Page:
The United States District Court for the Northern District of California just certified a nationwide class of individuals who obtained option ARM loans from U.S. Financial Funding. With an option ARM loan the customer picks what payment he will make among a menu of payment options. In most circumstances, the customer picks the minimum payment. Any interest due which the minimum payment does not cover gets tacked on to the principal.
In Lymburner v. U.S. Financial Funds, Inc., Case No. C-08-00325, plaintiff Dian Lymburner refinanced her existing home loan with an option ARM loan. The loan had a low monthly payment option of $700. Shortly after plaintiff got her first bill, she realized that with each payment, the amount she owed went up, not down as she had expected. She sued, claiming violations of the Truth in Lending Act and California Unfair Competition Law. Lymburner claimed that the loan documents she signed did not disclose that her $700 payments would not cover all the interest owed and that negative amortization would result.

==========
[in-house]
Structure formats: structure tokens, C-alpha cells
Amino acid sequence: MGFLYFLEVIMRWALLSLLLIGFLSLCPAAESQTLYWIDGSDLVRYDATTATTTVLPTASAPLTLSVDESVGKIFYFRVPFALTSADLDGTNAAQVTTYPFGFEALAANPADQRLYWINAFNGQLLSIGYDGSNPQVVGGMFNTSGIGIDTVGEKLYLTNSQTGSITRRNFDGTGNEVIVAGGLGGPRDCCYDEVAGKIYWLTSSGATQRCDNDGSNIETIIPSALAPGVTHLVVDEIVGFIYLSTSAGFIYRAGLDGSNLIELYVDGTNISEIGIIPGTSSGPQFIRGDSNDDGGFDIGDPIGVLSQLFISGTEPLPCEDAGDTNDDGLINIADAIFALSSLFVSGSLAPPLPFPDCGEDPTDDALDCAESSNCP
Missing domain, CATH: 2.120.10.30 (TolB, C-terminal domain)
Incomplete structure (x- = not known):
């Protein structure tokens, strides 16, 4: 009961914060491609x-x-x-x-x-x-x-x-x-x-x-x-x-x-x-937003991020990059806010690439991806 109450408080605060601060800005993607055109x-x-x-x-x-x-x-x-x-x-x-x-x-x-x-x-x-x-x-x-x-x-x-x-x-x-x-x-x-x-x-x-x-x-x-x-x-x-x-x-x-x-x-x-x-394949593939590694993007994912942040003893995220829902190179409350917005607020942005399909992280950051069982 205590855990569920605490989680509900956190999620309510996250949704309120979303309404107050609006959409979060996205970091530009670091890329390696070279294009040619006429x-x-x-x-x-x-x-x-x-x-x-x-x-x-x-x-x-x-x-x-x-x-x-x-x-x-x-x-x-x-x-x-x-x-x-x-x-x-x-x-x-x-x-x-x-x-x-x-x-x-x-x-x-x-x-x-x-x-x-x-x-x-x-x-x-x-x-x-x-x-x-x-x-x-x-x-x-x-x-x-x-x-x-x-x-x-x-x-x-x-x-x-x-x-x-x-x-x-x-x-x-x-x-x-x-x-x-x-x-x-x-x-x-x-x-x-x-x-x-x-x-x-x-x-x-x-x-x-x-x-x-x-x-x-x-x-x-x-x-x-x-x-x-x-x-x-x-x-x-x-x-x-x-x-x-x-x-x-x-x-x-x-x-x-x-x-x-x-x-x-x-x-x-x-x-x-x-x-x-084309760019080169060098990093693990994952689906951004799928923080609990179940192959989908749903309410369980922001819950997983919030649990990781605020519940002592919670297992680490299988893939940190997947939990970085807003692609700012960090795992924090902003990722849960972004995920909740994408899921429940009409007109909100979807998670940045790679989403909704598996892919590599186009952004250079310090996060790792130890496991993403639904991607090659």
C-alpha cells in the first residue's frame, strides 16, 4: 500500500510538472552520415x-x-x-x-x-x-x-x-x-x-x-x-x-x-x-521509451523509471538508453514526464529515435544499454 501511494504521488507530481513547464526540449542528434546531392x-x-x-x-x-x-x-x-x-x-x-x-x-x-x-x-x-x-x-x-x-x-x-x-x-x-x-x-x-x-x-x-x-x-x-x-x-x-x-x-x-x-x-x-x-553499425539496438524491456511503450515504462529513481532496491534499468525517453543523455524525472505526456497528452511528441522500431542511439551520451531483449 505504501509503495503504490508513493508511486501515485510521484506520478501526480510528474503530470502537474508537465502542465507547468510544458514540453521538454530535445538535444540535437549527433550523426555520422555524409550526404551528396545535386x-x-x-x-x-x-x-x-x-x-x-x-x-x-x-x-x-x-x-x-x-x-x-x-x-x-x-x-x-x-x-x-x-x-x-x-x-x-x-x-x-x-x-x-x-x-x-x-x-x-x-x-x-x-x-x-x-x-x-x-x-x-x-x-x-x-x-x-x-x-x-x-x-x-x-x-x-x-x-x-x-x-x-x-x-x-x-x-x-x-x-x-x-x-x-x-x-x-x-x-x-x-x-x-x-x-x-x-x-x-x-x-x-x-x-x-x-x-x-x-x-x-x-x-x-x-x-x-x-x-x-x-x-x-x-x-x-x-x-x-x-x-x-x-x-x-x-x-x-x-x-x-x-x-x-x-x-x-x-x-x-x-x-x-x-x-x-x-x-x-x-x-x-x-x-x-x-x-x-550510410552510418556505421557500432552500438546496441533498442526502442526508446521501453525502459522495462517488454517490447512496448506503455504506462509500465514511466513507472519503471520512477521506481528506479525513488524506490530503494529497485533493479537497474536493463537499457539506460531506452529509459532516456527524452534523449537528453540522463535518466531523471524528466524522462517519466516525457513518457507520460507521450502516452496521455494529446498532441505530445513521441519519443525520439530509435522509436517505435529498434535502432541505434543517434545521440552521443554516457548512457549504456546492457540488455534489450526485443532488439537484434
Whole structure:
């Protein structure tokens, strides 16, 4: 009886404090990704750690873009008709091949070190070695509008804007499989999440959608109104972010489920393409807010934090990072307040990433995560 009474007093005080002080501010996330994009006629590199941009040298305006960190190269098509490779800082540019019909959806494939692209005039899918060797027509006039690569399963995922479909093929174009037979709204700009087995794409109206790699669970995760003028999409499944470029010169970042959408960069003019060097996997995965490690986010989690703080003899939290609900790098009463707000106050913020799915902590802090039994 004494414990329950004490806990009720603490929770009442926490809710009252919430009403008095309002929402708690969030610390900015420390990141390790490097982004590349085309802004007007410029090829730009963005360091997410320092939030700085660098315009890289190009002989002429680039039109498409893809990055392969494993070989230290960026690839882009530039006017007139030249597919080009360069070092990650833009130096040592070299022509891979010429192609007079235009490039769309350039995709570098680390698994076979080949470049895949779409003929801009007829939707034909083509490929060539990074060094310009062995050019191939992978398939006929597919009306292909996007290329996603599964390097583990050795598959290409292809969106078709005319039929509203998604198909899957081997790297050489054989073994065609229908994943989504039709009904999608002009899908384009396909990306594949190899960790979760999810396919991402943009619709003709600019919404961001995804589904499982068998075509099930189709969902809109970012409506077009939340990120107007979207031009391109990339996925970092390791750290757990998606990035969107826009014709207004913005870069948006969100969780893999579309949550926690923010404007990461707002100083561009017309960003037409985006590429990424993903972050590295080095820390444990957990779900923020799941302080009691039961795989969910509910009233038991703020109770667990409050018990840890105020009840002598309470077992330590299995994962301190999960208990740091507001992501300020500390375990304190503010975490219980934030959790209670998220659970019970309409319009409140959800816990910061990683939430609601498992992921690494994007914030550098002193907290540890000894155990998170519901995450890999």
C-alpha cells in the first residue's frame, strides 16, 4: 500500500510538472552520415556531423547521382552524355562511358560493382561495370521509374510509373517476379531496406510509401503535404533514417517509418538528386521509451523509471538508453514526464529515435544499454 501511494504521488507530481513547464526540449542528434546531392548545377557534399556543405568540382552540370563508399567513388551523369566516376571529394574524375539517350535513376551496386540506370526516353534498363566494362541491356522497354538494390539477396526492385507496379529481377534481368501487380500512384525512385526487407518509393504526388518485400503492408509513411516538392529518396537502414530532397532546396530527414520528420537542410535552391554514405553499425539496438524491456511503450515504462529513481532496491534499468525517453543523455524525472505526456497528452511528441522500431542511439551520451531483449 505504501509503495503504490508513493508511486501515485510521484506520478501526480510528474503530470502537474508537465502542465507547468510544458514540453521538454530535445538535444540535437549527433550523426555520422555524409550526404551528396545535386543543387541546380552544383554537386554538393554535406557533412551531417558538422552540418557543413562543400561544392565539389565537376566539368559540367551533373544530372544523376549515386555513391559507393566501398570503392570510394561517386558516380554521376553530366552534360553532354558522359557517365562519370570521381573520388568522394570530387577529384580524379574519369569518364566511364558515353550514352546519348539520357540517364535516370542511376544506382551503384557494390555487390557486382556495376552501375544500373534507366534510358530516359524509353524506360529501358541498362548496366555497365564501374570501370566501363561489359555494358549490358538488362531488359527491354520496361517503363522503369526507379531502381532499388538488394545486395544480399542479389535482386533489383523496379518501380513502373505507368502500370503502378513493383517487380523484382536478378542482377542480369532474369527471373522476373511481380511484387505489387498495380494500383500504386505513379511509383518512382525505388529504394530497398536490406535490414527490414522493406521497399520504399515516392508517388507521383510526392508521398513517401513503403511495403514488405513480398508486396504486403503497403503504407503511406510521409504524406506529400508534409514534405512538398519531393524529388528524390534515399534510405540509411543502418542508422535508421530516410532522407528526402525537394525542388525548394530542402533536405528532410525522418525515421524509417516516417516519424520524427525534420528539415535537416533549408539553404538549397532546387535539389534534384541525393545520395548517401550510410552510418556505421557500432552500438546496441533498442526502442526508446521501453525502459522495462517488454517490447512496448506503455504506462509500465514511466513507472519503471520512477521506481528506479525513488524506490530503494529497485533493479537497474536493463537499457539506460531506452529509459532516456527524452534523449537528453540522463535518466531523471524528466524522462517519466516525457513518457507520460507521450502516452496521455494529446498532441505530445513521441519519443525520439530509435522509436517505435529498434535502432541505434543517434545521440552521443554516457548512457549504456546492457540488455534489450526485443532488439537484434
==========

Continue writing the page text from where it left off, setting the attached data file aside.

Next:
In its opinion, the Court carefully reviewed each factor supporting class certification. Among the considerations was all putative class members had the same loan documents which said negative amortization “may,” rather then “will,” result if minimum payment is made. Although the Court did not address the merits, plaintiff will likely argue that the clause is misleading in that it suggests that negative amortization is merely a possibility where, in fact, under every circumstance, it is certainty that if one makes only the minimum payment the loan balance will go up.